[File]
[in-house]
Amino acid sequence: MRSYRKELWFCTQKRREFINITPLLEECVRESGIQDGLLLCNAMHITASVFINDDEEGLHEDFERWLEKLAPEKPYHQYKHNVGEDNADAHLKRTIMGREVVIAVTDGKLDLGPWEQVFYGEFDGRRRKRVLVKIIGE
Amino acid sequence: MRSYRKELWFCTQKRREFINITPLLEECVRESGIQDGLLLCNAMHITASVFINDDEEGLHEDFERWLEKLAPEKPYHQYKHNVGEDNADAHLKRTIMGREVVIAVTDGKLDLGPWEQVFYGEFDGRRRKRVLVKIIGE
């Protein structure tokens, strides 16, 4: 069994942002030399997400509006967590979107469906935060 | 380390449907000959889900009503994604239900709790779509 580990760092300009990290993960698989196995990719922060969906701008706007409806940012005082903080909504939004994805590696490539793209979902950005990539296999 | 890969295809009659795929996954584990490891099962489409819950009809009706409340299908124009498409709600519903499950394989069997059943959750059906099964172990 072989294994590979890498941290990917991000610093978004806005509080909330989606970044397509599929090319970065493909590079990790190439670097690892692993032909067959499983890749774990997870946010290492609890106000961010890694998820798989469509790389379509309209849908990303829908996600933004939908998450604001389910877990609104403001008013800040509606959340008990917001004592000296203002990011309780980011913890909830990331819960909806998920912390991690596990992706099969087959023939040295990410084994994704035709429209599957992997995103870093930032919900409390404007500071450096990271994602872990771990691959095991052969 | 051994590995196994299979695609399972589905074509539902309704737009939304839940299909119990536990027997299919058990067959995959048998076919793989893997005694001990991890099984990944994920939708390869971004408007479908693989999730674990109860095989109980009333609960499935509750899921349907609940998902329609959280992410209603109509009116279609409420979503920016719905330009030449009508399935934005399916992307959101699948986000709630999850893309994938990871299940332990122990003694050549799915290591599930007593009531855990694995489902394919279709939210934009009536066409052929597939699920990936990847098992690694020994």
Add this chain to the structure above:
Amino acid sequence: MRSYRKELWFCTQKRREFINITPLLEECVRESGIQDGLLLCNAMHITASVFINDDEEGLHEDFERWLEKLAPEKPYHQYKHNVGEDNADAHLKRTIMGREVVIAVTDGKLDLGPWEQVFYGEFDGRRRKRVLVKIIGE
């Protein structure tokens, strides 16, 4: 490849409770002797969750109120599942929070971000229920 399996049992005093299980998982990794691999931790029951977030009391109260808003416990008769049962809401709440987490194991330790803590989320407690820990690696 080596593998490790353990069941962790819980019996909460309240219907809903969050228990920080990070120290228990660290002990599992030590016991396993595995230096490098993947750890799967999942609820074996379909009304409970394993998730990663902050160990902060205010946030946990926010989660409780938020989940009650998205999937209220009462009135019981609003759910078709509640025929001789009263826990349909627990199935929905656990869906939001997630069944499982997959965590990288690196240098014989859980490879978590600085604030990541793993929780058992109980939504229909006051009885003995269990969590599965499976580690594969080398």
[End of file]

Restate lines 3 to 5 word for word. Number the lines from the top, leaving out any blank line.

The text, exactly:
Amino acid sequence: MRSYRKELWFCTQKRREFINITPLLEECVRESGIQDGLLLCNAMHITASVFINDDEEGLHEDFERWLEKLAPEKPYHQYKHNVGEDNADAHLKRTIMGREVVIAVTDGKLDLGPWEQVFYGEFDGRRRKRVLVKIIGE
């Protein structure tokens, strides 16, 4: 069994942002030399997400509006967590979107469906935060 | 380390449907000959889900009503994604239900709790779509 580990760092300009990290993960698989196995990719922060969906701008706007409806940012005082903080909504939004994805590696490539793209979902950005990539296999 | 890969295809009659795929996954584990490891099962489409819950009809009706409340299908124009498409709600519903499950394989069997059943959750059906099964172990 072989294994590979890498941290990917991000610093978004806005509080909330989606970044397509599929090319970065493909590079990790190439670097690892692993032909067959499983890749774990997870946010290492609890106000961010890694998820798989469509790389379509309209849908990303829908996600933004939908998450604001389910877990609104403001008013800040509606959340008990917001004592000296203002990011309780980011913890909830990331819960909806998920912390991690596990992706099969087959023939040295990410084994994704035709429209599957992997995103870093930032919900409390404007500071450096990271994602872990771990691959095991052969 | 051994590995196994299979695609399972589905074509539902309704737009939304839940299909119990536990027997299919058990067959995959048998076919793989893997005694001990991890099984990944994920939708390869971004408007479908693989999730674990109860095989109980009333609960499935509750899921349907609940998902329609959280992410209603109509009116279609409420979503920016719905330009030449009508399935934005399916992307959101699948986000709630999850893309994938990871299940332990122990003694050549799915290591599930007593009531855990694995489902394919279709939210934009009536066409052929597939699920990936990847098992690694020994």
Add this chain to the structure above: